Personally, I wasn’t too invested in the narrative – the story got interesting after I took out the three Brother locations, but before then, I was just having fun killing people and blowing things up. Another negative of the game is the level variety. There are four sectors, each with a few segments and an underground area (as well as the Brother and Lab X facilities), so not really that much diversity. Also, the enemies all respawn fairly often, usually when you move to and from a segment within the section, or when you’ve completed a task. This makes the combat slightly repetitive and annoying (especially when it respawns the enemies with lots of shields).
Upgrades and abilities
I touched on this before, advising that if you want to progress in Wolfenstein: Youngblood and not die over and over again, you’ll need to constantly keep on top of your skill trees and upgrades. Let’s go back a bit though. The first choice you get within the game is which sister you want – this would have been a great time for MachineGames to give you the choice of two very different women with different skill trees, abilities, playstyles and personalities. However, the game tells you that both girls are identical outside of their looks, thus making picking your character purely a shallow physical appearance one. Sure, you can pick if you want to turn invisible or smash through crates, but you can buy the skill you didn’t pick about 20 minutes into the game.
I imagine this is all done on purpose to balance out the gameplay and ensure nobody is better than the other person, but it just felt like a missed opportunity to me.
The good news is, there is a decent amount of customisation which you can perform in order to mould your gal into the perfect killing machine. From your standard health and shield upgrades to increasing the amount of ammo you find or making a late-game special ability even more powerful. This is on top of the weapon customisation which allows you to swap out numerous parts for every weapon as well as upgrade the parts and paint them in different pre-defined patterns. For fans of 50 Cent’s ‘Army of Two’ rip-off, I’m afraid there are no solid gold weapons in this game.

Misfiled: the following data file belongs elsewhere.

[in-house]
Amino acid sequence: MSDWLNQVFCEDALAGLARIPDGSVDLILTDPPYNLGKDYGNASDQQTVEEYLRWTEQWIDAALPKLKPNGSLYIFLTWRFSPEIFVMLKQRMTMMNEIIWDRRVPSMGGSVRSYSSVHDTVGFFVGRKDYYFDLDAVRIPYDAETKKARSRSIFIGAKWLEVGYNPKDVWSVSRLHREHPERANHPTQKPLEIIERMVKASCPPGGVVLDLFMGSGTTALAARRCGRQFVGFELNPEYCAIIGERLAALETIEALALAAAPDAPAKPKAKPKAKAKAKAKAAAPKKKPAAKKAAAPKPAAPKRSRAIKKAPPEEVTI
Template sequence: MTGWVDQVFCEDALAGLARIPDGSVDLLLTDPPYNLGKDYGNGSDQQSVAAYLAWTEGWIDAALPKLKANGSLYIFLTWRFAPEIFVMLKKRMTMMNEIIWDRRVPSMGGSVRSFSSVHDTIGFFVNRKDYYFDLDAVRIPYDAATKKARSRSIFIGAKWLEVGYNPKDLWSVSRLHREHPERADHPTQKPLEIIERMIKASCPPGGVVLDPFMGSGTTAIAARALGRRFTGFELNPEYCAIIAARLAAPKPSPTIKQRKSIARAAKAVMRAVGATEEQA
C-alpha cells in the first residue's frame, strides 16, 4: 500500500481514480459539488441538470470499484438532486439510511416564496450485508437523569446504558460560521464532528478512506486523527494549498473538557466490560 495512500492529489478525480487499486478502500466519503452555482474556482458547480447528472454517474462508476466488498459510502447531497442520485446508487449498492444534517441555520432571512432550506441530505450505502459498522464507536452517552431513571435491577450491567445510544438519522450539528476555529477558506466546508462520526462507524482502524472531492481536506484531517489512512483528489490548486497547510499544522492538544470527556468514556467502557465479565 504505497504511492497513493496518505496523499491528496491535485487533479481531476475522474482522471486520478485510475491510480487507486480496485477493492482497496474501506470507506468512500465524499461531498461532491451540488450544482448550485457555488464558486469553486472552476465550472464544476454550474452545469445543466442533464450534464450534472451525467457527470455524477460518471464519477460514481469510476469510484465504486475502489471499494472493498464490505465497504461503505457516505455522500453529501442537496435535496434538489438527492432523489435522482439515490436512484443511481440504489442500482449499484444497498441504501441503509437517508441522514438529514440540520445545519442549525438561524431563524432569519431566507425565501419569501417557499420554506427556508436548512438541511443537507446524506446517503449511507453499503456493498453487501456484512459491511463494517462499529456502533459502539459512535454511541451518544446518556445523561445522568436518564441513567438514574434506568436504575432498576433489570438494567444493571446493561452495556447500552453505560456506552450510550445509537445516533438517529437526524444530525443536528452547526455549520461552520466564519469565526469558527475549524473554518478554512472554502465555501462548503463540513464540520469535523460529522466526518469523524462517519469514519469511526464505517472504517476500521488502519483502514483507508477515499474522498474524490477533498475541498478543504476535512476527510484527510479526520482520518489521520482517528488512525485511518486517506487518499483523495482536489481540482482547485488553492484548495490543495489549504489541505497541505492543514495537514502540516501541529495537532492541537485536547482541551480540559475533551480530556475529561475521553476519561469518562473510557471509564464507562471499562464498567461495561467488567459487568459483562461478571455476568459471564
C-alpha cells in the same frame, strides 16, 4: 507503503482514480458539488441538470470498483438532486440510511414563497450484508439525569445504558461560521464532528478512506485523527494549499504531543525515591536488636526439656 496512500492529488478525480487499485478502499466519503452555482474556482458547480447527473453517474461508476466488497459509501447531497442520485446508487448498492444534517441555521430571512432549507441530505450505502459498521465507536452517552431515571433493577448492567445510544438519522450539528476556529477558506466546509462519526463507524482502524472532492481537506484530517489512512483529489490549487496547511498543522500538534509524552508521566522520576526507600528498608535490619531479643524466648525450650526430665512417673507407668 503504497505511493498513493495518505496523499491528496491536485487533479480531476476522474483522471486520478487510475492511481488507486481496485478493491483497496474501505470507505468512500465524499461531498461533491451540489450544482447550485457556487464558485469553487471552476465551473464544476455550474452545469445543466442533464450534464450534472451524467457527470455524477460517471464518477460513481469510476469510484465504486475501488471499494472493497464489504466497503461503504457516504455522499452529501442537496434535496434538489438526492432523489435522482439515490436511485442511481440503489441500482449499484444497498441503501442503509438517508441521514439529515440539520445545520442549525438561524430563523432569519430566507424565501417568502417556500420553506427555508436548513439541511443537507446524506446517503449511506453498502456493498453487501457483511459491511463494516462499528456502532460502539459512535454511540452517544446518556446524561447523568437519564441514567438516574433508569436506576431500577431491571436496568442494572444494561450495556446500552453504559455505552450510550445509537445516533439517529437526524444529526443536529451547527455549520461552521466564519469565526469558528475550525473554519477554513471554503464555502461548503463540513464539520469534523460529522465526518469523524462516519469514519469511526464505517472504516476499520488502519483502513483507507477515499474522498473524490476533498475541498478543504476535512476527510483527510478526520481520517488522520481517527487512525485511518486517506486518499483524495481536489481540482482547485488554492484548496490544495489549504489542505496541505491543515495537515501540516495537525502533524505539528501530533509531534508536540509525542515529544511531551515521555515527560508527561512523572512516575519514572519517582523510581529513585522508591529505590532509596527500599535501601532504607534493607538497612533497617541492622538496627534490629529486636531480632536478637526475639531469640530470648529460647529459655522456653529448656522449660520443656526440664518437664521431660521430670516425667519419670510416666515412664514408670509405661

There is one thing I really miss in Wolfenstein: Youngblood, double wielding weapons. Sure, you can double up the Uzi or Pistol, but you can’t double up massive machine guns or rifles like B.J. could previously. Again, it would have been nice to see some custom-built or customised weaponry that Abby built for the girls that allowed them to double up with special versions of weapons that use the same bullets as the heavier versions, but we don’t.
On a side note, there are Microtransactions within Wolfenstein: Youngblood – don’t get your pitchforks ready yet! You can buy ‘gold’ which can be used in-game to unlock certain boosts and cosmetic unlocks, such as new visual styles for your weapons and Power Armour. However, everything you can buy with ‘gold’ can also be bought with the thousands of in-game currency you’ll get from completing the side missions and picking up off the floor. As such, I played the game before the MTs were live and I never felt the game was holding anything back. Personally, I don’t even know why they are in the game as I couldn’t see any benefit in wanting to lay down real cash and getting some!
Aside from the side missions, what else will you be doing in Wolfenstein: Youngblood? First of all, collectables. The developers have gone crazy with things to find in this game (could be a good or bad thing) as there are loads of documents, cassettes, 3D images and other items to find and pick up. I’ve picked up a lot as I play and I think most of my tallies are only around 10-15% complete. However, I did enjoy seeking these out as they all offer you something to look at, read or listen to. Plus, you can also unlock an ability that puts all the collectables on the mini-map, making it even easier to find them all.
The base hub has a ‘Wolfstone II’ arcade cabinet, a two-chapter retro Wolfenstein 3D game that you can play through in hopes of getting your characters name on the leaderboard. I think I spent about an hour playing this game, it’s lots of fun and can get quite tricky later on.
If you pick up the Deluxe version of Wolfenstein: Youngblood, you’ll get access to a bunch of new gear for you to choose from when you start a new game. Items such as a hatchet, a new power suit and helmet, and a new weapon skin for all your weapons. However, the best part of the Deluxe edition is the introduction of a ‘Buddy Pass’. The Buddy Pass works like the Keys to Kyrat system in Far Cry 4 and the whole premise of A Way Out. Another player can download a special ‘demo’ version of the game (which is unplayable), then you invite them to play the game and it’ll boot it up and let them join in and play the entire game in co-op mode with you. So, if you pay around £10 more for the Deluxe Edition, you essentially have two copies – bar one major omission…